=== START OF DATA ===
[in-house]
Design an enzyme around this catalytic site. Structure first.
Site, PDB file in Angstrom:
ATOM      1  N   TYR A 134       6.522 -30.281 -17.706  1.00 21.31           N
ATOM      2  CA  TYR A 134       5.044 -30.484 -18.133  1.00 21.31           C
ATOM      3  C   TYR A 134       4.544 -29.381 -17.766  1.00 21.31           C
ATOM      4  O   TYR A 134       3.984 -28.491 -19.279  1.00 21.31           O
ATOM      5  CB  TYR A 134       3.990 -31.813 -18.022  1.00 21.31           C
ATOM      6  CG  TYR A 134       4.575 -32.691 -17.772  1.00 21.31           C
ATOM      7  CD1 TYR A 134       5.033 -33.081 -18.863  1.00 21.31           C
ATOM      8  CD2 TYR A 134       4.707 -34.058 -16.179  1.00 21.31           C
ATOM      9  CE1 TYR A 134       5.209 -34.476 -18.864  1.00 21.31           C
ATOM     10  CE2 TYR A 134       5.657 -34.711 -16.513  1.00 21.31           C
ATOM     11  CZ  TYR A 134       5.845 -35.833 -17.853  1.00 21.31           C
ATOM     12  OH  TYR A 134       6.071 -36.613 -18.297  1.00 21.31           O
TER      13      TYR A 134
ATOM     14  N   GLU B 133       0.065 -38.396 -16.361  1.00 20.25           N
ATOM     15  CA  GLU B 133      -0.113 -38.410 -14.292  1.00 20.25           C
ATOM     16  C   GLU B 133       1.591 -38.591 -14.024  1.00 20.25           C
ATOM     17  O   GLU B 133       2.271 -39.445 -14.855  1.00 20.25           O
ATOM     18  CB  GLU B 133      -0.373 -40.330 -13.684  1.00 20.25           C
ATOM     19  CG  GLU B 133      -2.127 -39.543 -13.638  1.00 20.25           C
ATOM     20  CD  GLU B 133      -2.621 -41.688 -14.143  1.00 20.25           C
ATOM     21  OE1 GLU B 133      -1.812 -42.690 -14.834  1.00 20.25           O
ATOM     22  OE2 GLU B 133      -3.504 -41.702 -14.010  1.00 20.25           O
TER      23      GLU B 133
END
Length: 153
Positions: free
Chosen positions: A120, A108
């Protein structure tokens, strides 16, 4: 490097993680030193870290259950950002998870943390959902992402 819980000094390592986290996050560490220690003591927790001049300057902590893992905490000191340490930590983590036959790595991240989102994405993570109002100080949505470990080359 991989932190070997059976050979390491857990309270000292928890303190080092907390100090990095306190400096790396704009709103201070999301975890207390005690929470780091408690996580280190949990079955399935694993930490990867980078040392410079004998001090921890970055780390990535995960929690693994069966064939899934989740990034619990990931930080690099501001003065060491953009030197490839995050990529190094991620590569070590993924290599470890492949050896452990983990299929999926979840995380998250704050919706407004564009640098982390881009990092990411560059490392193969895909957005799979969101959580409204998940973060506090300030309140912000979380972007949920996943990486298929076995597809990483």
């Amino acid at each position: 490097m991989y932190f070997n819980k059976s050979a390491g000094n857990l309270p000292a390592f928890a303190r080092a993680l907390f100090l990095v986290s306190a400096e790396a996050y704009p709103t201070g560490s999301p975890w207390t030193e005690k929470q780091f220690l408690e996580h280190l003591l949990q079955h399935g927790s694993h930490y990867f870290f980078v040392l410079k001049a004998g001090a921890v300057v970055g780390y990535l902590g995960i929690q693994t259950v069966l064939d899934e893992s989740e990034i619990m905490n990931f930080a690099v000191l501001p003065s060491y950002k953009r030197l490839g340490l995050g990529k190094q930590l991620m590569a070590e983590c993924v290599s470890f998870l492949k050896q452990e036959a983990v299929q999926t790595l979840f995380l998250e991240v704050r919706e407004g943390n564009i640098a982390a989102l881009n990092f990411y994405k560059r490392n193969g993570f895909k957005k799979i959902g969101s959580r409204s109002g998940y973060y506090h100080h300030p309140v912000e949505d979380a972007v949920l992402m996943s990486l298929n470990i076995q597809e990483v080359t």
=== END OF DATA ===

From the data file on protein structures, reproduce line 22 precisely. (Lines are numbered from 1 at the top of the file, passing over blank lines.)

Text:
ATOM     19  CG  GLU B 133      -2.127 -39.543 -13.638  1.00 20.25           C